Post by MWmetalhead » Thu Dec 06, 2018 7:37 pm

...supported by identified synergies, asset sale proceeds, and
healthy cash flow generation. The company identified $160 million of synergies
to be realized within one year of closing, $75 million of which will be
realized near closing due to a stepup in Tribune's net retransmission rates to
Nexstar rates. Additionally, we expect solid revenue growth in 2020 stemming
from contract renewals with multichannel video programming distributors
(MVPDs) and political advertising associated with the U.S. presidential
election.
Do all of Tribune's cable & sat retransmission agreements expire in the 2019-2020 timeframe? Aren't these generally multi-year deals?

The revenue growth in 2020 from political advertising will be fleeting.

Broadcast TV's strategy seems to be - "let consolidate so we can make it easier to gouge cable & satellite providers for retrans fees." The problem with that strategy, of course, is increased cord cutting!

I'm too lazy to look up the maturities of Tribunes and Nexstar's existing debt, but 5.5x leverage in 2019 and ~5.0x leverage in 2020 strike me as overly risky for a company whose eggs will almost entirely be in the broadcast TV basket (except for the rotten egg known as WGN America and the rotting egg known as WGN Radio).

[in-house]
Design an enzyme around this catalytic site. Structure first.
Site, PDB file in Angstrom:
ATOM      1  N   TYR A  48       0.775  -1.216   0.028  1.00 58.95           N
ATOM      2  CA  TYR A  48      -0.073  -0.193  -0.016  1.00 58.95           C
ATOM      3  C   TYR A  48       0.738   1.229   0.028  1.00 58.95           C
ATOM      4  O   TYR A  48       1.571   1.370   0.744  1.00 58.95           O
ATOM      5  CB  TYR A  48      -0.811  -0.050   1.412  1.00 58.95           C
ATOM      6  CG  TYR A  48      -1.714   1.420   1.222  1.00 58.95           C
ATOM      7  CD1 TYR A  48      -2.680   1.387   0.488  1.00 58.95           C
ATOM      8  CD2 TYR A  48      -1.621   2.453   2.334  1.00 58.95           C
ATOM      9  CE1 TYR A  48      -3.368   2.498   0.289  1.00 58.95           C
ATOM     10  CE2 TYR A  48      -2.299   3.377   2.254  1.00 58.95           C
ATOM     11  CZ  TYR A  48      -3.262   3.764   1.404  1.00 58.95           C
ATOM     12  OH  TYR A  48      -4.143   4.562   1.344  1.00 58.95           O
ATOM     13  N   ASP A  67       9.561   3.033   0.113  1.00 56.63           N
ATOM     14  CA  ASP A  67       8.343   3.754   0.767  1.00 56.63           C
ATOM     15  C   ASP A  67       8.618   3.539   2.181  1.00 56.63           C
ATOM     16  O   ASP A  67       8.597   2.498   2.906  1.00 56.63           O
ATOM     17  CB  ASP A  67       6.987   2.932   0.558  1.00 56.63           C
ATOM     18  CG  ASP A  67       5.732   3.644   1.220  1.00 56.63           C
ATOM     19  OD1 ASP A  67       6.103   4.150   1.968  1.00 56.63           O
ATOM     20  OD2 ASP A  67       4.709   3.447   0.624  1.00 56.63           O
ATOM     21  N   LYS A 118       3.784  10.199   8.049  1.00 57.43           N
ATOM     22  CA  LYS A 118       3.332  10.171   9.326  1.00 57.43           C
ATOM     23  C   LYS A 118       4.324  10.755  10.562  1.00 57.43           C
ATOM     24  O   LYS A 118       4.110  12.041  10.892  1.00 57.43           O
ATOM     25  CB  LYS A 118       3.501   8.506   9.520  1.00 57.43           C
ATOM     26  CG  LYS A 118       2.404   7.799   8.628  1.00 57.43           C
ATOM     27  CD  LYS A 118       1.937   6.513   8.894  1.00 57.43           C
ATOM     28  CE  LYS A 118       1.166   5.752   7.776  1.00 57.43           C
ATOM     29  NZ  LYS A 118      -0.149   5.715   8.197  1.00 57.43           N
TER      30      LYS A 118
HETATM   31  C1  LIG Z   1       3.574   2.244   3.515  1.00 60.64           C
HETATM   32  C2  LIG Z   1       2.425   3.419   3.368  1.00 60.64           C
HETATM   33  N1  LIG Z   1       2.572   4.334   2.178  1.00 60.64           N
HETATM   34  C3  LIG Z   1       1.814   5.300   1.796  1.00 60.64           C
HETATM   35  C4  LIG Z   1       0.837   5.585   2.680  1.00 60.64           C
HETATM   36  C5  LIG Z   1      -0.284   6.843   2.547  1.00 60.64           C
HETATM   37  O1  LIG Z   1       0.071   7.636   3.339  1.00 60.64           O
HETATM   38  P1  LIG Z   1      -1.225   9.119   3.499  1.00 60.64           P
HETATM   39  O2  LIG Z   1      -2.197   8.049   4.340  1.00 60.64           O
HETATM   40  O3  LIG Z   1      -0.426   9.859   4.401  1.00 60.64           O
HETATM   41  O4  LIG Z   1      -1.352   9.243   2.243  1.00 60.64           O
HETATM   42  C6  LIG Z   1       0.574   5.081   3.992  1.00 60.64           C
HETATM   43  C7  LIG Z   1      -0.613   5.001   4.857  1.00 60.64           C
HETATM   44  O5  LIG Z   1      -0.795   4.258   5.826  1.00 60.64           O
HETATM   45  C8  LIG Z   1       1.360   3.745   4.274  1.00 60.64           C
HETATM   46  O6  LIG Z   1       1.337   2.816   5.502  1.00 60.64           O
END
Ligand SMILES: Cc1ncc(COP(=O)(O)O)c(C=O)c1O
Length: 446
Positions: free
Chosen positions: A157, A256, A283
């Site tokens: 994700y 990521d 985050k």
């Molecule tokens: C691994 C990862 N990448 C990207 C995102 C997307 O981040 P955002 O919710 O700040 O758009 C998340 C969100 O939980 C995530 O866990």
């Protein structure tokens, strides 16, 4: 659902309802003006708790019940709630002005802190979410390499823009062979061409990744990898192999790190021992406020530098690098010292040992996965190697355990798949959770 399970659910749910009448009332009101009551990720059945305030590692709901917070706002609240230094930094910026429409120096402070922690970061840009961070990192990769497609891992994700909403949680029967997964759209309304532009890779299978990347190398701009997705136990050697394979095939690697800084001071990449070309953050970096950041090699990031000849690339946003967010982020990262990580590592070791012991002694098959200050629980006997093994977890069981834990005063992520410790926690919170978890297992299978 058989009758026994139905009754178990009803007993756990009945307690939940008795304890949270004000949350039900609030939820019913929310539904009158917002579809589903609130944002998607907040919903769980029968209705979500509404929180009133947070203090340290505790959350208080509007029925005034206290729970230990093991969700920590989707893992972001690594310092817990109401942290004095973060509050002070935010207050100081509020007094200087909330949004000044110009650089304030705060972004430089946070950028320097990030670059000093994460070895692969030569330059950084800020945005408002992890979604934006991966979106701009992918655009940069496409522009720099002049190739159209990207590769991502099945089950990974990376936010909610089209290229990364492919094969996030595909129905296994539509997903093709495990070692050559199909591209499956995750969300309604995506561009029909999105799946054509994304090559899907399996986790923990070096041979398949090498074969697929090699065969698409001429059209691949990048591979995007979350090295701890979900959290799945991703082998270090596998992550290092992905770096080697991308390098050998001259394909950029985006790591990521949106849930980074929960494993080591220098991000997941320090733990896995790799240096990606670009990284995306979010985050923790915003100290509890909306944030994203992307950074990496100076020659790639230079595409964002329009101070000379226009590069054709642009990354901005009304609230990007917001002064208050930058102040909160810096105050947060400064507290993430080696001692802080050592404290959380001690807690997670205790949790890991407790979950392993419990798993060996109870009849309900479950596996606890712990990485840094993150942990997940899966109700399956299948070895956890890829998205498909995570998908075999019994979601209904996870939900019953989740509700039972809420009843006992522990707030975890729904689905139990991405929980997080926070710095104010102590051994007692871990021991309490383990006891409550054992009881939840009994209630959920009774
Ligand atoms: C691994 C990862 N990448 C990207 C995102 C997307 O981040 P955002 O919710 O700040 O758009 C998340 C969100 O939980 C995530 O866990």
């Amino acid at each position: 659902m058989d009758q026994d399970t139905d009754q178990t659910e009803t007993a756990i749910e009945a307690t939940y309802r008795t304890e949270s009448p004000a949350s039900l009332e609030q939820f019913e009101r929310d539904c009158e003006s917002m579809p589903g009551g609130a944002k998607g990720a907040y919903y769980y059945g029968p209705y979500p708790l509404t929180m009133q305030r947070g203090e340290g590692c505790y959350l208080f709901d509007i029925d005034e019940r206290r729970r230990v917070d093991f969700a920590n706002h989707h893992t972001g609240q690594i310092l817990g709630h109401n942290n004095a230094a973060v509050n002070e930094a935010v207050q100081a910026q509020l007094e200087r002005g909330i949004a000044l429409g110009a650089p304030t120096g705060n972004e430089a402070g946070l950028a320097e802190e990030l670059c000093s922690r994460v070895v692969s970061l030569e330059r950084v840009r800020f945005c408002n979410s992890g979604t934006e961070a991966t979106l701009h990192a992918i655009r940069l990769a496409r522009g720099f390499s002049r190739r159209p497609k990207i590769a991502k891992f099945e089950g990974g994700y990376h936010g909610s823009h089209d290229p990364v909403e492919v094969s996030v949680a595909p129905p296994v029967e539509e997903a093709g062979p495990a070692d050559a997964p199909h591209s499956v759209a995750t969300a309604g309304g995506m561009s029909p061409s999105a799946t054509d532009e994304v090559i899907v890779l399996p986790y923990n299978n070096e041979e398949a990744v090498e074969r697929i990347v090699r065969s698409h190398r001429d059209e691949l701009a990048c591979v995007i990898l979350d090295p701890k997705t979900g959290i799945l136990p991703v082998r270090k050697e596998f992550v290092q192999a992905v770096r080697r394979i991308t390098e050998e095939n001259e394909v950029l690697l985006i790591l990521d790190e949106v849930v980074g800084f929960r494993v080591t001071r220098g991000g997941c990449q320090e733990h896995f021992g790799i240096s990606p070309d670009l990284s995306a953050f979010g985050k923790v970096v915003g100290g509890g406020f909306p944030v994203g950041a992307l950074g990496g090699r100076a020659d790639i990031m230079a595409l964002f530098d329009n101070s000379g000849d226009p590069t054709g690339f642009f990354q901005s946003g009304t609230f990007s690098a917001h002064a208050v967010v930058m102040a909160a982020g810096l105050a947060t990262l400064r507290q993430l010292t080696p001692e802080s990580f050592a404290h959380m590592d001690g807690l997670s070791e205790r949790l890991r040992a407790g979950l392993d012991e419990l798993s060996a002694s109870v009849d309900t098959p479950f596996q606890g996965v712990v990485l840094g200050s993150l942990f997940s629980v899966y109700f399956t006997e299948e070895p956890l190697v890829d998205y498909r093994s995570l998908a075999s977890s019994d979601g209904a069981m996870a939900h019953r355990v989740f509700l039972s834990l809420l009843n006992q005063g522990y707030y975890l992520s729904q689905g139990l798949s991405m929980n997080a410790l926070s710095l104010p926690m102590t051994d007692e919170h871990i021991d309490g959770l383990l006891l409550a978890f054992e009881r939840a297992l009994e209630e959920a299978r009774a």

I don't like the deal as contemplated, and once revenue growth targets fail to materialize as projected, I would expect significant budget cuts to be made.

A lot of question marks exist; would not surprise me if the deal never gets done.


Thanks, corporate radio, for finally tossing Nickelback to the curb. Now can you please do the same for Shinedown? THEY SUCK!!!

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Re: Breaking: Nexstar reaches agreement to purchase Tribune

Post by moldyoldie » Fri Dec 07, 2018 10:03 am

MWmetalhead wrote:
Thu Dec 06, 2018 7:37 pm
I'm too lazy to look up the maturities of Tribunes and Nexstar's existing debt....
According to Value Line, as of 6/30/18 Nexstar had a total debt of $4.2876 billion with $4.2459 billion of long-term debt and $1.2 billion due in five years. These figures might have changed materially in the third quarter and in the current quarter. Political revenue in those quarters reportedly exceeded expectations and the company did report refinancing certain debt obligations. Yes, this is a very highly leveraged company!
I don't know much about Tribune except they had $2.9243 billion of long-term debt on the books at the end of Q3.
MWmetalhead wrote:A lot of question marks exist; would not surprise me if the deal never gets done.
Of course there are operational uncertainties, but why would the deal not go through considering any necessary asset sales? Are you saying it's not financially viable?
Last edited by moldyoldie on Fri Dec 07, 2018 3:49 pm, edited 1 time in total.


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Re: Breaking: Nexstar reaches agreement to purchase Tribune